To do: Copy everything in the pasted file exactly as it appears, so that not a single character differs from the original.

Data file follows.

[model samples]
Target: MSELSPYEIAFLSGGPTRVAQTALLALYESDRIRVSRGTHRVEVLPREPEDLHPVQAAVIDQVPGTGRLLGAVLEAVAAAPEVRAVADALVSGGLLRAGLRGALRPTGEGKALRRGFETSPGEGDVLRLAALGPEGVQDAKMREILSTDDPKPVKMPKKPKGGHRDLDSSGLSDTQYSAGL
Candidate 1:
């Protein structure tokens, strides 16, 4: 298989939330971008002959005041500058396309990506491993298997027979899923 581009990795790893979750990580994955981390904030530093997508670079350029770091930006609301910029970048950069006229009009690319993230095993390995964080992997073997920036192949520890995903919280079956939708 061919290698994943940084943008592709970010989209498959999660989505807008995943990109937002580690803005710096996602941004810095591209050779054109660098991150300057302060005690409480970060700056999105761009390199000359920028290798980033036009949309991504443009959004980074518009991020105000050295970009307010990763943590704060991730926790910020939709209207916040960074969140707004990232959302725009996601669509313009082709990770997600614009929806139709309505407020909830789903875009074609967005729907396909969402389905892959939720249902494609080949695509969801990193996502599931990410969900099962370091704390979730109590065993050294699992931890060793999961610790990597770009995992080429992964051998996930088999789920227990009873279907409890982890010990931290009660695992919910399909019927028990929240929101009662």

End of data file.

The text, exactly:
[model samples]
Target: MSELSPYEIAFLSGGPTRVAQTALLALYESDRIRVSRGTHRVEVLPREPEDLHPVQAAVIDQVPGTGRLLGAVLEAVAAAPEVRAVADALVSGGLLRAGLRGALRPTGEGKALRRGFETSPGEGDVLRLAALGPEGVQDAKMREILSTDDPKPVKMPKKPKGGHRDLDSSGLSDTQYSAGL
Candidate 1:
């Protein structure tokens, strides 16, 4: 298989939330971008002959005041500058396309990506491993298997027979899923 581009990795790893979750990580994955981390904030530093997508670079350029770091930006609301910029970048950069006229009009690319993230095993390995964080992997073997920036192949520890995903919280079956939708 061919290698994943940084943008592709970010989209498959999660989505807008995943990109937002580690803005710096996602941004810095591209050779054109660098991150300057302060005690409480970060700056999105761009390199000359920028290798980033036009949309991504443009959004980074518009991020105000050295970009307010990763943590704060991730926790910020939709209207916040960074969140707004990232959302725009996601669509313009082709990770997600614009929806139709309505407020909830789903875009074609967005729907396909969402389905892959939720249902494609080949695509969801990193996502599931990410969900099962370091704390979730109590065993050294699992931890060793999961610790990597770009995992080429992964051998996930088999789920227990009873279907409890982890010990931290009660695992919910399909019927028990929240929101009662």